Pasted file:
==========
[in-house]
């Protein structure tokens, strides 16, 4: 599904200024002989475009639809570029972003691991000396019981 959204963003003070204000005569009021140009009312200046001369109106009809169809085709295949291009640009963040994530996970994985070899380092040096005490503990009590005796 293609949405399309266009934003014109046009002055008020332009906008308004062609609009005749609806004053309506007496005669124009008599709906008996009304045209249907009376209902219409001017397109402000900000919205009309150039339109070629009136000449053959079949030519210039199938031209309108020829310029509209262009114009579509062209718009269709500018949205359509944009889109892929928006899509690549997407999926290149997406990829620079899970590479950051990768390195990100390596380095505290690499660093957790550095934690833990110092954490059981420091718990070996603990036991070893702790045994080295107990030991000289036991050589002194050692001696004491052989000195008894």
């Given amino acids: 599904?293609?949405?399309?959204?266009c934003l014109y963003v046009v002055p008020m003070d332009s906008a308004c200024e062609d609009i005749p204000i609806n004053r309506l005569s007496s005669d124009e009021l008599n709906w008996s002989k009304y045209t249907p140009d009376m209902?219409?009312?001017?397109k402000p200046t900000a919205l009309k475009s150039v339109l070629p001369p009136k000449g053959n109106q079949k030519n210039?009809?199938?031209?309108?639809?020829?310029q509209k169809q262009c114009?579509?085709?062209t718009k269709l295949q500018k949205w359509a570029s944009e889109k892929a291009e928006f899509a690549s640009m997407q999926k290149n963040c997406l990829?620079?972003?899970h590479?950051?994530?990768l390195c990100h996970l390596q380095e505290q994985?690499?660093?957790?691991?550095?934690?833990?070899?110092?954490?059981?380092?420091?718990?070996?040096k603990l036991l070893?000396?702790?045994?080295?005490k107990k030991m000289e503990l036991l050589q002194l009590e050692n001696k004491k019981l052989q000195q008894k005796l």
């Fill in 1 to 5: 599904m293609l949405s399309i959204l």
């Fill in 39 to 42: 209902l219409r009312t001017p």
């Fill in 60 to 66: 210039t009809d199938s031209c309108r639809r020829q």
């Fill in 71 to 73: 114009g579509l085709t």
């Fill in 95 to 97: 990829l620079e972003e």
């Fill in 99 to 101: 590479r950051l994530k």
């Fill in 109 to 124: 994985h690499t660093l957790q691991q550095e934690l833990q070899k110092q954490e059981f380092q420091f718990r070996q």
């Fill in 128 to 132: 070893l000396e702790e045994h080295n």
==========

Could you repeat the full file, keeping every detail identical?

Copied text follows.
[in-house]
């Protein structure tokens, strides 16, 4: 599904200024002989475009639809570029972003691991000396019981 959204963003003070204000005569009021140009009312200046001369109106009809169809085709295949291009640009963040994530996970994985070899380092040096005490503990009590005796 293609949405399309266009934003014109046009002055008020332009906008308004062609609009005749609806004053309506007496005669124009008599709906008996009304045209249907009376209902219409001017397109402000900000919205009309150039339109070629009136000449053959079949030519210039199938031209309108020829310029509209262009114009579509062209718009269709500018949205359509944009889109892929928006899509690549997407999926290149997406990829620079899970590479950051990768390195990100390596380095505290690499660093957790550095934690833990110092954490059981420091718990070996603990036991070893702790045994080295107990030991000289036991050589002194050692001696004491052989000195008894």
């Given amino acids: 599904?293609?949405?399309?959204?266009c934003l014109y963003v046009v002055p008020m003070d332009s906008a308004c200024e062609d609009i005749p204000i609806n004053r309506l005569s007496s005669d124009e009021l008599n709906w008996s002989k009304y045209t249907p140009d009376m209902?219409?009312?001017?397109k402000p200046t900000a919205l009309k475009s150039v339109l070629p001369p009136k000449g053959n109106q079949k030519n210039?009809?199938?031209?309108?639809?020829?310029q509209k169809q262009c114009?579509?085709?062209t718009k269709l295949q500018k949205w359509a570029s944009e889109k892929a291009e928006f899509a690549s640009m997407q999926k290149n963040c997406l990829?620079?972003?899970h590479?950051?994530?990768l390195c990100h996970l390596q380095e505290q994985?690499?660093?957790?691991?550095?934690?833990?070899?110092?954490?059981?380092?420091?718990?070996?040096k603990l036991l070893?000396?702790?045994?080295?005490k107990k030991m000289e503990l036991l050589q002194l009590e050692n001696k004491k019981l052989q000195q008894k005796l």
């Fill in 1 to 5: 599904m293609l949405s399309i959204l």
């Fill in 39 to 42: 209902l219409r009312t001017p």
């Fill in 60 to 66: 210039t009809d199938s031209c309108r639809r020829q």
């Fill in 71 to 73: 114009g579509l085709t």
């Fill in 95 to 97: 990829l620079e972003e």
């Fill in 99 to 101: 590479r950051l994530k």
């Fill in 109 to 124: 994985h690499t660093l957790q691991q550095e934690l833990q070899k110092q954490e059981f380092q420091f718990r070996q």
């Fill in 128 to 132: 070893l000396e702790e045994h080295n």